When Microsoft was preparing Windows 8 several years back, concern arose over the company’s planned use of Secure Boot. When active, Secure Boot checks the cryptographic signature of any program (including operating system bootloaders) against a list of approved keys during the startup process to defend against nasty malware that can load before the OS.
Although Microsoft demanded that OEMs ship PCs with Secure Boot enabled, it ended up not being all that big of a deal because the company also mandated that partners include the ability to disable it.
It’s the same song, different verse for Microsoft as we head towards Windows 10. The key difference this time around which once again has some worried is the fact that the Secure Boot disable switch is now optional for x86 system builders.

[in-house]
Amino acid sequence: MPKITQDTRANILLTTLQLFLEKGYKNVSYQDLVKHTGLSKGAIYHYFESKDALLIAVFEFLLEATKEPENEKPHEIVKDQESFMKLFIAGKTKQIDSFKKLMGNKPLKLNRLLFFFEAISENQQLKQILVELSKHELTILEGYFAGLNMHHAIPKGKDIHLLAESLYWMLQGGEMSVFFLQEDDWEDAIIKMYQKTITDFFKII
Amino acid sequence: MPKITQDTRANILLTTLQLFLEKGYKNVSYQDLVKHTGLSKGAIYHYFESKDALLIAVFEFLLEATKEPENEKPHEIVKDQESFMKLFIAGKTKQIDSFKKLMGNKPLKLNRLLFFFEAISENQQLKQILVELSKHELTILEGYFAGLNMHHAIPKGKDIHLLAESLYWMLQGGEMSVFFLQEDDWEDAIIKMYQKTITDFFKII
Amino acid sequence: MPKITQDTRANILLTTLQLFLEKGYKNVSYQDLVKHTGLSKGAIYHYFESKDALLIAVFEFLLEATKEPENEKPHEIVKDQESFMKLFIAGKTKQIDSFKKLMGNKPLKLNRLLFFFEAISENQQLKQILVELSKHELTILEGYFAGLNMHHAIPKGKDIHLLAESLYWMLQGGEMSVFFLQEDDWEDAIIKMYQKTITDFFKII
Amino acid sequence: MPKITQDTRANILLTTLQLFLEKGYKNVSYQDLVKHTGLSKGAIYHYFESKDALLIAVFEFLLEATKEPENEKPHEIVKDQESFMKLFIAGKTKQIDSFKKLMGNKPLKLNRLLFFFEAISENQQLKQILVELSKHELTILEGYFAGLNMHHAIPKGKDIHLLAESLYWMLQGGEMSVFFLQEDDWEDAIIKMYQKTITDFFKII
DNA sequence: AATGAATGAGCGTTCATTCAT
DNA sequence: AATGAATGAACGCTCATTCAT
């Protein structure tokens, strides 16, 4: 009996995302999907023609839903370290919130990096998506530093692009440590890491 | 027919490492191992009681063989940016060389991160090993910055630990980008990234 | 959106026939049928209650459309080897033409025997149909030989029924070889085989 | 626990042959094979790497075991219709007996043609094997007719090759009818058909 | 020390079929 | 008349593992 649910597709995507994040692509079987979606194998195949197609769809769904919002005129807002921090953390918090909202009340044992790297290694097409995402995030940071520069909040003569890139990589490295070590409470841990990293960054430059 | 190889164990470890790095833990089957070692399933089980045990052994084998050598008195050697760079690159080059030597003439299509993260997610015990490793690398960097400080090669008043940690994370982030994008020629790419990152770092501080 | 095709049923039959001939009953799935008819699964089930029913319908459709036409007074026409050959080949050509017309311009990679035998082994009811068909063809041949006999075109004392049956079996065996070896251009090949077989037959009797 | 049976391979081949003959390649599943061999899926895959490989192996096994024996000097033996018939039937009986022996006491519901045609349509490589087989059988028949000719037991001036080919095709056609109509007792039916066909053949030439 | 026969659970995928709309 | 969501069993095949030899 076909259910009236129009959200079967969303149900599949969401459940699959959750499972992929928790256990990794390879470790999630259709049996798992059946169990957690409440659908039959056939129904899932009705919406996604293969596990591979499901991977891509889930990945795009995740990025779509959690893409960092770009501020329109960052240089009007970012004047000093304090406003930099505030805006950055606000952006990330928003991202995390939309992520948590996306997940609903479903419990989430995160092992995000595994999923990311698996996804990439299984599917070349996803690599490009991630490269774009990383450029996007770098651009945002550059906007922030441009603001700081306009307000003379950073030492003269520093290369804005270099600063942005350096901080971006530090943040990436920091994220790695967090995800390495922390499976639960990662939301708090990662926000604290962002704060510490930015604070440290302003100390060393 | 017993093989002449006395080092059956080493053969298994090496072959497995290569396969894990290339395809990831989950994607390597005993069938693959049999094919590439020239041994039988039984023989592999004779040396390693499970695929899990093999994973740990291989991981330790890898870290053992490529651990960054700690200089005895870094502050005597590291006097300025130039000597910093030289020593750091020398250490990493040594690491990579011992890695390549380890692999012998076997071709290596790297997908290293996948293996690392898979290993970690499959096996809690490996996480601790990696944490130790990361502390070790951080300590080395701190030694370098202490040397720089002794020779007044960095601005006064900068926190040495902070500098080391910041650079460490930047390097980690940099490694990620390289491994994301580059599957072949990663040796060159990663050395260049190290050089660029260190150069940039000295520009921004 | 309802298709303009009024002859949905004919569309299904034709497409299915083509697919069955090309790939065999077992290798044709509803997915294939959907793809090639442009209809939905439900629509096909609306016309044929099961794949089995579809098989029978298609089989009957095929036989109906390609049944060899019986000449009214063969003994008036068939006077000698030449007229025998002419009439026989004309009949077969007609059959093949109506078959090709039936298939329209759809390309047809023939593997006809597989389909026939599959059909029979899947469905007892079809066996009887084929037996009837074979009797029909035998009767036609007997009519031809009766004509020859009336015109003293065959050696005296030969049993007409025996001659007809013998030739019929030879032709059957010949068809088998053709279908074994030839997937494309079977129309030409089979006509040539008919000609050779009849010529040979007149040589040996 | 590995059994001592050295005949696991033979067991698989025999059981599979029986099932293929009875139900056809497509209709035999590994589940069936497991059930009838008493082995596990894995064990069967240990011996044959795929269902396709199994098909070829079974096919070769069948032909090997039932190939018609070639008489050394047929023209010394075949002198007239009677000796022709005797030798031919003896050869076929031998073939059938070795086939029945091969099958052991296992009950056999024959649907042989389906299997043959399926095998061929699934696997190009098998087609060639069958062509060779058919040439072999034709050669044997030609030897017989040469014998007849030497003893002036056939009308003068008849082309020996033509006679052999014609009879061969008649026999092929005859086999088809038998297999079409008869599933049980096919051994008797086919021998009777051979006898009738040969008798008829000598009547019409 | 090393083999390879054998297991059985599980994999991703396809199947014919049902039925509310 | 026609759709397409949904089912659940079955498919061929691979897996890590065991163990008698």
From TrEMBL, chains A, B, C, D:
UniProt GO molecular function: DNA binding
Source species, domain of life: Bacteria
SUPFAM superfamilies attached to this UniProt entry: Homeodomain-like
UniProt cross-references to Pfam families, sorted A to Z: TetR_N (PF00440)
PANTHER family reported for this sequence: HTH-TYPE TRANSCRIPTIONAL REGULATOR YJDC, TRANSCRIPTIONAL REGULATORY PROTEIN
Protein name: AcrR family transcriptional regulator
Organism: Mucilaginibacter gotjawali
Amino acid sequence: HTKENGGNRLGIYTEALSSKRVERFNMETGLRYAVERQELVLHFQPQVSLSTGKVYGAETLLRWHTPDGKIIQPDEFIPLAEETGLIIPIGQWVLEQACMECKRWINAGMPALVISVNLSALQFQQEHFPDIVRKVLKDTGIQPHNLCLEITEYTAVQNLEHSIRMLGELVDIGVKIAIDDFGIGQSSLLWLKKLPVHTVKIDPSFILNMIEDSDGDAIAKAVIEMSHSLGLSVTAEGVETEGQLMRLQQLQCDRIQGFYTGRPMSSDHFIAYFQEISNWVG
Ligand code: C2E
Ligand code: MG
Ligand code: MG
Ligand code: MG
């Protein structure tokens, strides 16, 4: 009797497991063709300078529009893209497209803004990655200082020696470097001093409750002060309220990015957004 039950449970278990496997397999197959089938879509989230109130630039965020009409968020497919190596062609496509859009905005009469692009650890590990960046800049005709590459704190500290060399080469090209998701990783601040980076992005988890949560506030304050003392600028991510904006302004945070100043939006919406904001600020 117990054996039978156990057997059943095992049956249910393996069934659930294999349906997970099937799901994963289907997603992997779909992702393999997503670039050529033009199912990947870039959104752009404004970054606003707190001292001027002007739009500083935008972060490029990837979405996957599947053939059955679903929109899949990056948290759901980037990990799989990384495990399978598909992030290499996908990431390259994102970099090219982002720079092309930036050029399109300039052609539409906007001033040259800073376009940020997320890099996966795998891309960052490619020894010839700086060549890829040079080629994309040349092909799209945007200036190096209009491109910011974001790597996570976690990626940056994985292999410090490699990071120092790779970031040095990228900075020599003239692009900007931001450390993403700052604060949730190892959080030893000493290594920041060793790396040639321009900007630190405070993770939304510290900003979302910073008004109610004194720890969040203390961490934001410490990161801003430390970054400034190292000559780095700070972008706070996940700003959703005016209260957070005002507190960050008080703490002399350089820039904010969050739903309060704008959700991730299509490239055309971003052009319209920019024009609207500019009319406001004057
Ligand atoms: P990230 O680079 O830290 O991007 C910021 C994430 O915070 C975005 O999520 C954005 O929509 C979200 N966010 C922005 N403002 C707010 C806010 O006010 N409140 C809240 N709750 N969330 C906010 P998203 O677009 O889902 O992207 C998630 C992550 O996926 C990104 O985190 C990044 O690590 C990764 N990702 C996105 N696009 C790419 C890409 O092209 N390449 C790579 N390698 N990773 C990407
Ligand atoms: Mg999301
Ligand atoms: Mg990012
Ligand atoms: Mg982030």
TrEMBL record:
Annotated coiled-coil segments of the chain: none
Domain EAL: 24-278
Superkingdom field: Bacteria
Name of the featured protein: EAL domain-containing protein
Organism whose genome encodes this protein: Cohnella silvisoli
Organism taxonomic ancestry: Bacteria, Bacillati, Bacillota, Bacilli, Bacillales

All of this, of course, is a moot point if you build your own desktop as motherboard makers would all but have to offer an option to disable it in the UEFI since they won’t know what operating system a customer plans to install.
But for those that buy prebuilt desktops, this means that OEMs will be required to enable Secure Boot and could also ship without the option to disable it. The same could also hold true for notebooks.
It’s still too early to know exactly how this will play out as it’s entirely possible that Microsoft could drop the option by the time the RTM version of Windows 10 ships to OEMs.